Live Line Demo Electrical Safety Demonstrations

Live Line Demo, Inc. - Electrical Safety Presentations
Live Line Demo, Inc. - Electrical Safety Presentations. Kyle Finley - Life Line Demo, Inc.

Fallen power lines or bare wires should strike fear into anyone who sees them. But just seeing them on the ground or coming into contact with them can be an unwelcome surprise, especially when you don't know what to do!

Live Line Demo, Inc. is owned by Kyle Finley of Alvin, Illinois and is in the business of educating people about electrical safety around power lines. He is a member of the Illinois Electric Council and originally presented his ​safety programs through sponsorship of Eastern Illini Electric Coop.

Kyle performs safety lessons for employee safety meetings, fire department training, school assemblies, and community events. I've personally seen the program a dozen times or so, having my son being Kyle's assistant many times at both or county fair and at the Illinois State Fair. One thing is for sure, old and young alike, you're never too old to learn or be refreshed on electrical safety!

Kyle's demonstrations tell real-world experiences because he used to work as a lineman for Eastern Illinois Electric Coop. When a transformer that he would have been working on blew up, Kyle decided to give up the lineman job and start preaching, well electrical safety that is.

Through the employee safety meetings, employers can safeguard their employees with information about lockout/tag-out procedures and overhead power line approach distances.

Fire department personnel will be educated on safely disconnecting utility connections, including policies and procedures. These lessons will allow them to perform their jobs and respond both quickly and safely to emergency situations.

School assemblies are one of Kyle's favorite forums. Indeed, what you learn at a young age often carries on to adulthood. Kyle teaches children ages fourth grade and up how to respect electricity and the dangers around it. His Mylar balloon presentation shows children the dangers of letting these type balloons into the air that you may not have thought about.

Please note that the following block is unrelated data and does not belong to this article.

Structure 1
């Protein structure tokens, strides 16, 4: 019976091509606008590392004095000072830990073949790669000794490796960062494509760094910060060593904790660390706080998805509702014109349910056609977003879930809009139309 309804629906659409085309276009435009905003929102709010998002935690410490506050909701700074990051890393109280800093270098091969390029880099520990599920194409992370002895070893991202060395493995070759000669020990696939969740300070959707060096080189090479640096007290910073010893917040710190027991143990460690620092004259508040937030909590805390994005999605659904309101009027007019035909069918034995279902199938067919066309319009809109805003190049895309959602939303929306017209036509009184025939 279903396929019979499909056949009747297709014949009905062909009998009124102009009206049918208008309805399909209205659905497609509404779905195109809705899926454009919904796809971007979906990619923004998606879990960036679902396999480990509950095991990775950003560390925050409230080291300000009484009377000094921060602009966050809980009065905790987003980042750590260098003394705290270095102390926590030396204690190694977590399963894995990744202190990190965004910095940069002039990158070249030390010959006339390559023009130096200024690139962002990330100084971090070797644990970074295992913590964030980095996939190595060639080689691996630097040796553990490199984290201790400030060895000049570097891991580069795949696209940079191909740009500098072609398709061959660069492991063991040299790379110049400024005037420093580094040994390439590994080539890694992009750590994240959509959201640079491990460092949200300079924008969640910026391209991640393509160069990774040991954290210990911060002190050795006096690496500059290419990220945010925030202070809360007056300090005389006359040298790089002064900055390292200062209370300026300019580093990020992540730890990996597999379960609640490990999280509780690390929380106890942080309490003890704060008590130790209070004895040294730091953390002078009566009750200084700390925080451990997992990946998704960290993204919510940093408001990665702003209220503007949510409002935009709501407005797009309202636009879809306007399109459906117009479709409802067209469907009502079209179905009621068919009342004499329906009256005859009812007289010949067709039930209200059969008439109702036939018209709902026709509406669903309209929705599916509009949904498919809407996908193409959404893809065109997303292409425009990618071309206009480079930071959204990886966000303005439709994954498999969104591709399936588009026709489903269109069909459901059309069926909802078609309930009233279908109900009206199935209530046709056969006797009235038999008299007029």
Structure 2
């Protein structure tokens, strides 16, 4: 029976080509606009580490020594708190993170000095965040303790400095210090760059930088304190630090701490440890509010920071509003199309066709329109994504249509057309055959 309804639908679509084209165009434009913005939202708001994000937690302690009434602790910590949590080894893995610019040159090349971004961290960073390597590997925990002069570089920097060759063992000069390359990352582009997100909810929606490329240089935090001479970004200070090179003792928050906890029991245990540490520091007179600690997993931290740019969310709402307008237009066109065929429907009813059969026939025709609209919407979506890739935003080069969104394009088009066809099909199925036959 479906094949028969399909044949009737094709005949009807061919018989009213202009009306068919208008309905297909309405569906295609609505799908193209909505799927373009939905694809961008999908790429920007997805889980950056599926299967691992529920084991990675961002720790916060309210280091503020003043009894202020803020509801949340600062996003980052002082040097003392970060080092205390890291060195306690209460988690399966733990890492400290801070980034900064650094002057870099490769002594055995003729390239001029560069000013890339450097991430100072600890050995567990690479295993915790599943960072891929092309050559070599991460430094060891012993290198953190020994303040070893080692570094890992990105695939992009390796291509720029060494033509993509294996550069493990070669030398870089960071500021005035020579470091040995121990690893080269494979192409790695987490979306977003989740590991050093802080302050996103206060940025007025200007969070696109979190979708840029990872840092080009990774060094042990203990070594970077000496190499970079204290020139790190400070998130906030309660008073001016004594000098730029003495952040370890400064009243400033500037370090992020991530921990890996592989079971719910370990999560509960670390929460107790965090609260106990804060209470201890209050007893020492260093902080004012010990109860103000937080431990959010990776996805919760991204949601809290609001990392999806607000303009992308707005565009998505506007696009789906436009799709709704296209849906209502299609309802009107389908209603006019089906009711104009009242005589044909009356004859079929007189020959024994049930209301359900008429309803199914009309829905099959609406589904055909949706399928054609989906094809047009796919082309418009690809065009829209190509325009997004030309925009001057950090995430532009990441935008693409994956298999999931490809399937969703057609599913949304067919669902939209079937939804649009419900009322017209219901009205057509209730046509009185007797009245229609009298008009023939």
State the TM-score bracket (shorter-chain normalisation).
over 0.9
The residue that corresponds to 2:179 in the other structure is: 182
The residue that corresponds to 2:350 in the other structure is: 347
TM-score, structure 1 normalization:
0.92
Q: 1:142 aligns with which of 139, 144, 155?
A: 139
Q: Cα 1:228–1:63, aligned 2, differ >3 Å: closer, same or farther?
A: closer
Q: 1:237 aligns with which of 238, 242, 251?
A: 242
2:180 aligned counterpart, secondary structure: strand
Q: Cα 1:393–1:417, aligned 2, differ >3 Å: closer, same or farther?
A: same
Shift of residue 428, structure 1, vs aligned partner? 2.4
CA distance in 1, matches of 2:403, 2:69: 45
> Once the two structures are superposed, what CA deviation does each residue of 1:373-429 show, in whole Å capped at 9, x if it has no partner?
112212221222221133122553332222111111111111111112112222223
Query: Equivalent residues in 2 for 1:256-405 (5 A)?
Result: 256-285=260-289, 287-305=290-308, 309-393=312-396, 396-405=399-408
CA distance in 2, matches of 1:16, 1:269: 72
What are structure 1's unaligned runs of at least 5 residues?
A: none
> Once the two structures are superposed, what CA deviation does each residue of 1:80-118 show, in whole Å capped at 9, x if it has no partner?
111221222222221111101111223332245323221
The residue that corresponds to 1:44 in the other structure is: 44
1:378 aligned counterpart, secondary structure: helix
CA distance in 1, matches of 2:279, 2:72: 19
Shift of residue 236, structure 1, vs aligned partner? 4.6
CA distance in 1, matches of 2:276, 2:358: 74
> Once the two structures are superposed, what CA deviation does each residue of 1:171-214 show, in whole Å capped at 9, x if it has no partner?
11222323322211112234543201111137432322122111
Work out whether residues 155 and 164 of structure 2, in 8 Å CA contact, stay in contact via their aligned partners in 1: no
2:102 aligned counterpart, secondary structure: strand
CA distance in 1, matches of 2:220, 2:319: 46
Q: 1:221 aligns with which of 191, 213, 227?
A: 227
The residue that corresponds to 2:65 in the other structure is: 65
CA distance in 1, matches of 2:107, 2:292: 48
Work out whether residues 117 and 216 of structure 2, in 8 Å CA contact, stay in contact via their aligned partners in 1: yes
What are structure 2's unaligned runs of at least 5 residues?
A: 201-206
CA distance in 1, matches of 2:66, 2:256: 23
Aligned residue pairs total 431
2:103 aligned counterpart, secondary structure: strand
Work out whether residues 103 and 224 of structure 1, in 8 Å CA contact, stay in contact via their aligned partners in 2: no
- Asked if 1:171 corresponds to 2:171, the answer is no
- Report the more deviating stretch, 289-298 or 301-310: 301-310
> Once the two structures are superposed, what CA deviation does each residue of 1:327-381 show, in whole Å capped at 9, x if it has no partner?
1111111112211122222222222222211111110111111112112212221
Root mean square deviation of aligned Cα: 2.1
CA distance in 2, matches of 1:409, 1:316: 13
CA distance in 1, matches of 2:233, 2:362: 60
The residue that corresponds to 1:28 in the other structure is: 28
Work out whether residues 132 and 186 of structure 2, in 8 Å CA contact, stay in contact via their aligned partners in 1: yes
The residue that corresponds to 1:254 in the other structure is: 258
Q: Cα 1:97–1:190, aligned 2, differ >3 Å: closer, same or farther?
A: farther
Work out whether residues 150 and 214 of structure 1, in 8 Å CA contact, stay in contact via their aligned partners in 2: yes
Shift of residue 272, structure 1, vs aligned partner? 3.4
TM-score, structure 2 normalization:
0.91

The community events, like county fairs, festivals, and carnivals, are great ways to educate the general population about electrical safety in a fun and usable way.

Kyle also speaks to the farm community about electrical safety with farm equipment around power lines. It's very easy to get in a hurry when the crops must come out or even when it's time to put them in the ground. Kyle too is a farmer that understands the stress and strain of getting the job done, but pleads to farmers to slow down and remember, safety first!

One of my personal favorites that Kyle points out is how to safely get out of an automobile if you happen to drive over a downed power line. The first response everyone has is to quickly exit the car before it explodes or catches fire, after seeing sparks flying around. Kyle quickly points out that how you leave the auto may determine whether you live or die! Besides, automobiles have rubber tires that often insulate you from the path to ground and sometimes staying in the auto is your safest bet until utility company personnel can disconnect the live power and threat of electrocution from you and your vehicle.

To learn more about Kyle's electrical safety demonstration, simply visit his Live Line Demo website.